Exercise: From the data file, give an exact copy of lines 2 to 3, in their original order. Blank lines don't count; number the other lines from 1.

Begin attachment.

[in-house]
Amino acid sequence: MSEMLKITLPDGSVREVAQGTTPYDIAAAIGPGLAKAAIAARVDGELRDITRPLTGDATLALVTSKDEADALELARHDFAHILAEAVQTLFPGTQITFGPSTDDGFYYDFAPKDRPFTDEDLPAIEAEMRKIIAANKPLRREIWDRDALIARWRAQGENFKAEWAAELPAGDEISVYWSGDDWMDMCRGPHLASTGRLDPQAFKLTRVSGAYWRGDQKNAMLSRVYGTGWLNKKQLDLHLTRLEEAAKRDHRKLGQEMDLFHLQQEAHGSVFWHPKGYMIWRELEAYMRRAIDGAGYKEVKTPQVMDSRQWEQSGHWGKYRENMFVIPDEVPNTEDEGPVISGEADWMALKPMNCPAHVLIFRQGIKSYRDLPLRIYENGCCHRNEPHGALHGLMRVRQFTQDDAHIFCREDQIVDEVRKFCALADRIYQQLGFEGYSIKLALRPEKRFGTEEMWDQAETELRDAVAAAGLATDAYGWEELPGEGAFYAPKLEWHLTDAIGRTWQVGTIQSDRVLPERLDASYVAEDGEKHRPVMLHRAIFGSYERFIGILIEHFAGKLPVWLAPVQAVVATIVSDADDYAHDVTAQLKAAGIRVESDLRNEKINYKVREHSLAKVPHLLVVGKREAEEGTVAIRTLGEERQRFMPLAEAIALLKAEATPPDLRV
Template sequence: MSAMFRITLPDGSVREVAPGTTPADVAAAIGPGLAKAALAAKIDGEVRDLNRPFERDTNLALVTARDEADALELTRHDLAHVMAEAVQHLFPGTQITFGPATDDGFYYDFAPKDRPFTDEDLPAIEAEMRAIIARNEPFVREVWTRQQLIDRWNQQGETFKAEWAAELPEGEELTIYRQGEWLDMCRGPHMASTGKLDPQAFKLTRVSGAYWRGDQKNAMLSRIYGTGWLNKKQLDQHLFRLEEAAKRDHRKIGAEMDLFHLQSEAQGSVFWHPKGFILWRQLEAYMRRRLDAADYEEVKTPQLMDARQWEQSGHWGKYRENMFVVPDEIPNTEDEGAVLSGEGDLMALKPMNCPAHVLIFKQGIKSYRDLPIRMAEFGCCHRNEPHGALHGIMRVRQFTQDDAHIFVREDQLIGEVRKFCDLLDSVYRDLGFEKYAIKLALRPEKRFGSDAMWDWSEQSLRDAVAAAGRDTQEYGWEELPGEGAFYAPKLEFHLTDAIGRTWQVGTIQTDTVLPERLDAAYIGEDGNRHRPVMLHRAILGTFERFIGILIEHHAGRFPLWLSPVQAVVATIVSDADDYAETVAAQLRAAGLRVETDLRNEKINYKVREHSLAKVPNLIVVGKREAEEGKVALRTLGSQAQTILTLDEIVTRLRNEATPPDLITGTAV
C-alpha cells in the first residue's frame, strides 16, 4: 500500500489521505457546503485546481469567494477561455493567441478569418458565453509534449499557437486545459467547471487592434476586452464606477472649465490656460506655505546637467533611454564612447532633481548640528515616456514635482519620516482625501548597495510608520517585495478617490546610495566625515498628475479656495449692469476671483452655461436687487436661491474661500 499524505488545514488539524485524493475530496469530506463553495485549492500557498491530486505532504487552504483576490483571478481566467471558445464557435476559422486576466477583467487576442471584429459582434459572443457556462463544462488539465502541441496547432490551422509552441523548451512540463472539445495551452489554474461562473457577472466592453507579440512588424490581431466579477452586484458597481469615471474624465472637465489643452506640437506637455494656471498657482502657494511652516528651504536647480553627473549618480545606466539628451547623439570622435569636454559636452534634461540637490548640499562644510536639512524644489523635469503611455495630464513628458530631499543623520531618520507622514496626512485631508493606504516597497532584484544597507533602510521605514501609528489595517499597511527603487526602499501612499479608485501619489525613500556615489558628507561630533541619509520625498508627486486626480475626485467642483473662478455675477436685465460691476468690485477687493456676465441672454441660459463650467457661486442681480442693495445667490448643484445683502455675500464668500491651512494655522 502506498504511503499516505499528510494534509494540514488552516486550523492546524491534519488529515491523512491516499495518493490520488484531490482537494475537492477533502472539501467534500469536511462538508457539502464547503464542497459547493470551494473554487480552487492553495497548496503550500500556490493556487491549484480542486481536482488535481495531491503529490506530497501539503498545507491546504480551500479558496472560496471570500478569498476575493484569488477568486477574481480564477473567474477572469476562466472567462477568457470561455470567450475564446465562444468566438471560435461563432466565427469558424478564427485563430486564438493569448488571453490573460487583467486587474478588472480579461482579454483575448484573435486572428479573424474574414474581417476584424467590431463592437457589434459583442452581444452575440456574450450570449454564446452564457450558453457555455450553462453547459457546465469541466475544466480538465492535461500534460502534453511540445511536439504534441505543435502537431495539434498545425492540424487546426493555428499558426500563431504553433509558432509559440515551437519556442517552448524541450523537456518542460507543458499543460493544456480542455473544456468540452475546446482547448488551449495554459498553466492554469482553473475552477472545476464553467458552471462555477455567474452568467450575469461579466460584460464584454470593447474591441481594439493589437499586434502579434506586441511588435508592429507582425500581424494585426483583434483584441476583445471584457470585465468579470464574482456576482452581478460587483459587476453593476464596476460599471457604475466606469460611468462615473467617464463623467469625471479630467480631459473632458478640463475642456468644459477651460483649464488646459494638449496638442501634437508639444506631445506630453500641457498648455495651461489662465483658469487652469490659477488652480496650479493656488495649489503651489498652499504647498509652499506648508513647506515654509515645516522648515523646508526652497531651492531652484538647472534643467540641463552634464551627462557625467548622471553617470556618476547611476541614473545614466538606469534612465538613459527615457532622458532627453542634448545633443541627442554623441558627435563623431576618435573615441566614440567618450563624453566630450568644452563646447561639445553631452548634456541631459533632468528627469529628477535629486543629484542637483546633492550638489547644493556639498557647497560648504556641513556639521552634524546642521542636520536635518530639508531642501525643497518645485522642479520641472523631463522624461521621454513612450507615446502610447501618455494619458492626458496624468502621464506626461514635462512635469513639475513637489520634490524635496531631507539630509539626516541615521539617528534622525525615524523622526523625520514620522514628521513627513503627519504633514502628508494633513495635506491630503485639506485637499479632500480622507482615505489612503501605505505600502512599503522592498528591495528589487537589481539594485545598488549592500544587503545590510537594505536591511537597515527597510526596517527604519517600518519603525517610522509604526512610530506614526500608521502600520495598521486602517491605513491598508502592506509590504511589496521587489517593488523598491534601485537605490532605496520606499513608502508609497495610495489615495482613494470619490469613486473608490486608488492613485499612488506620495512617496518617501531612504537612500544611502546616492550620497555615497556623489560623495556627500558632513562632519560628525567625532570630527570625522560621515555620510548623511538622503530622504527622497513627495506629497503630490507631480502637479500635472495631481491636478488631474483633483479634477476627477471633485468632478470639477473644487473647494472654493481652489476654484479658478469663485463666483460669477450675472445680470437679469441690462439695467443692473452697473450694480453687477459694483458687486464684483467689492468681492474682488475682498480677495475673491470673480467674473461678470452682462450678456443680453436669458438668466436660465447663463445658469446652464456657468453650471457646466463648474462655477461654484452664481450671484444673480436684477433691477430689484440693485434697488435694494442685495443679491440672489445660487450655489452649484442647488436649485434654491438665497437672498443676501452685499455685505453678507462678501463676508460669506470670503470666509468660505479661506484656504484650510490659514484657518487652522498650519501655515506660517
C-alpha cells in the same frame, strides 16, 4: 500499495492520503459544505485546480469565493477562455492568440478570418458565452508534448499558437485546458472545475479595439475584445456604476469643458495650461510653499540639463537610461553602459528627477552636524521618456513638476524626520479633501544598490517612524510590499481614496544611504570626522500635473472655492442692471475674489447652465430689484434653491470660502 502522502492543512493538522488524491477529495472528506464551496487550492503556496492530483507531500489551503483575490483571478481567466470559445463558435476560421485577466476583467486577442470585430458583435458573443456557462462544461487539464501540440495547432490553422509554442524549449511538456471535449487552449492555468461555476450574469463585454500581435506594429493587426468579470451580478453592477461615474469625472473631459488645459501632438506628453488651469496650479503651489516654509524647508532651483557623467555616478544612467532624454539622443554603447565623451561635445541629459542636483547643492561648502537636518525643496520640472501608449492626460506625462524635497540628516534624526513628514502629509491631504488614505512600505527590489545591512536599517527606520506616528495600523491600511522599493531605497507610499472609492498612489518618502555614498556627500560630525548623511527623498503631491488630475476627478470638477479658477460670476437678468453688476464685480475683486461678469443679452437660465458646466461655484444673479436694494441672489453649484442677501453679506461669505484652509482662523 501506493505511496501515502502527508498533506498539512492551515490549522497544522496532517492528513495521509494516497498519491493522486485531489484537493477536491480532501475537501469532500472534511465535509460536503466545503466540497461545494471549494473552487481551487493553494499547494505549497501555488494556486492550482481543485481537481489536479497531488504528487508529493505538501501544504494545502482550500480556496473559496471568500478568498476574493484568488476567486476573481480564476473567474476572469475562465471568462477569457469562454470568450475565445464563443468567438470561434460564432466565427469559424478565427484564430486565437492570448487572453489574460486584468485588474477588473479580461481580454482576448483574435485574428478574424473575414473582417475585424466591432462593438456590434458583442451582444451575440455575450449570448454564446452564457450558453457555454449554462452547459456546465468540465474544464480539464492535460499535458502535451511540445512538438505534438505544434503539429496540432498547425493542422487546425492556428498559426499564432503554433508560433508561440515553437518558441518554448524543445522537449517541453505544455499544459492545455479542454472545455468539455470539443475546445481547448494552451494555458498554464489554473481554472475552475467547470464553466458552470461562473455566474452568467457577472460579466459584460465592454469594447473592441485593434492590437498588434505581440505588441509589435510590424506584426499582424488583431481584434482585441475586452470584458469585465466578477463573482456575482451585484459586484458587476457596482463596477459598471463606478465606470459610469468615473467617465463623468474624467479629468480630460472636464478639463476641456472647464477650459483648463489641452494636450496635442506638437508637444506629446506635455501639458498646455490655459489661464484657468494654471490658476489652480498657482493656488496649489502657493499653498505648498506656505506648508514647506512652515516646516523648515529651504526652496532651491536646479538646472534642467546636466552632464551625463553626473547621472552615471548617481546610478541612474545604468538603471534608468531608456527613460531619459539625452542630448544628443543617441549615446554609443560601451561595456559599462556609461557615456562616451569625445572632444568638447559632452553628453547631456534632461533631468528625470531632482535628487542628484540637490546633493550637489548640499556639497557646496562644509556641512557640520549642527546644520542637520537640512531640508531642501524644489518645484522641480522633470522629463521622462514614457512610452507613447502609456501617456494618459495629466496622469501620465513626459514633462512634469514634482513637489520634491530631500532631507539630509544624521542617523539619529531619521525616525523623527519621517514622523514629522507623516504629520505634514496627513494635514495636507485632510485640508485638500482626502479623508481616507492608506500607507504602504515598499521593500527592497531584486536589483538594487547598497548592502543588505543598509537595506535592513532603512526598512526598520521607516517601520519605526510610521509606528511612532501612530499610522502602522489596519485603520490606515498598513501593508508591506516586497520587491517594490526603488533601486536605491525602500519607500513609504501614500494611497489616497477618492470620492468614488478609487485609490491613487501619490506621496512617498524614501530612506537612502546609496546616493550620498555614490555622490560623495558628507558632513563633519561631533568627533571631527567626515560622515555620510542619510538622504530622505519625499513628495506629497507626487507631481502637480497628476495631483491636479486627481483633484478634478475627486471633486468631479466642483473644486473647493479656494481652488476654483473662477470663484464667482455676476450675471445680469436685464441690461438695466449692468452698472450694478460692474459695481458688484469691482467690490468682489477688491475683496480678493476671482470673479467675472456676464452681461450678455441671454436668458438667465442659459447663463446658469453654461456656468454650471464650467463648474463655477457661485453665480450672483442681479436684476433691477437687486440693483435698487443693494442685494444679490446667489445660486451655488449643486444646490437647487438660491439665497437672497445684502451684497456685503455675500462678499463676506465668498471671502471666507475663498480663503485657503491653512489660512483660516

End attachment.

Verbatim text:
Amino acid sequence: MSEMLKITLPDGSVREVAQGTTPYDIAAAIGPGLAKAAIAARVDGELRDITRPLTGDATLALVTSKDEADALELARHDFAHILAEAVQTLFPGTQITFGPSTDDGFYYDFAPKDRPFTDEDLPAIEAEMRKIIAANKPLRREIWDRDALIARWRAQGENFKAEWAAELPAGDEISVYWSGDDWMDMCRGPHLASTGRLDPQAFKLTRVSGAYWRGDQKNAMLSRVYGTGWLNKKQLDLHLTRLEEAAKRDHRKLGQEMDLFHLQQEAHGSVFWHPKGYMIWRELEAYMRRAIDGAGYKEVKTPQVMDSRQWEQSGHWGKYRENMFVIPDEVPNTEDEGPVISGEADWMALKPMNCPAHVLIFRQGIKSYRDLPLRIYENGCCHRNEPHGALHGLMRVRQFTQDDAHIFCREDQIVDEVRKFCALADRIYQQLGFEGYSIKLALRPEKRFGTEEMWDQAETELRDAVAAAGLATDAYGWEELPGEGAFYAPKLEWHLTDAIGRTWQVGTIQSDRVLPERLDASYVAEDGEKHRPVMLHRAIFGSYERFIGILIEHFAGKLPVWLAPVQAVVATIVSDADDYAHDVTAQLKAAGIRVESDLRNEKINYKVREHSLAKVPHLLVVGKREAEEGTVAIRTLGEERQRFMPLAEAIALLKAEATPPDLRV
Template sequence: MSAMFRITLPDGSVREVAPGTTPADVAAAIGPGLAKAALAAKIDGEVRDLNRPFERDTNLALVTARDEADALELTRHDLAHVMAEAVQHLFPGTQITFGPATDDGFYYDFAPKDRPFTDEDLPAIEAEMRAIIARNEPFVREVWTRQQLIDRWNQQGETFKAEWAAELPEGEELTIYRQGEWLDMCRGPHMASTGKLDPQAFKLTRVSGAYWRGDQKNAMLSRIYGTGWLNKKQLDQHLFRLEEAAKRDHRKIGAEMDLFHLQSEAQGSVFWHPKGFILWRQLEAYMRRRLDAADYEEVKTPQLMDARQWEQSGHWGKYRENMFVVPDEIPNTEDEGAVLSGEGDLMALKPMNCPAHVLIFKQGIKSYRDLPIRMAEFGCCHRNEPHGALHGIMRVRQFTQDDAHIFVREDQLIGEVRKFCDLLDSVYRDLGFEKYAIKLALRPEKRFGSDAMWDWSEQSLRDAVAAAGRDTQEYGWEELPGEGAFYAPKLEFHLTDAIGRTWQVGTIQTDTVLPERLDAAYIGEDGNRHRPVMLHRAILGTFERFIGILIEHHAGRFPLWLSPVQAVVATIVSDADDYAETVAAQLRAAGLRVETDLRNEKINYKVREHSLAKVPNLIVVGKREAEEGKVALRTLGSQAQTILTLDEIVTRLRNEATPPDLITGTAV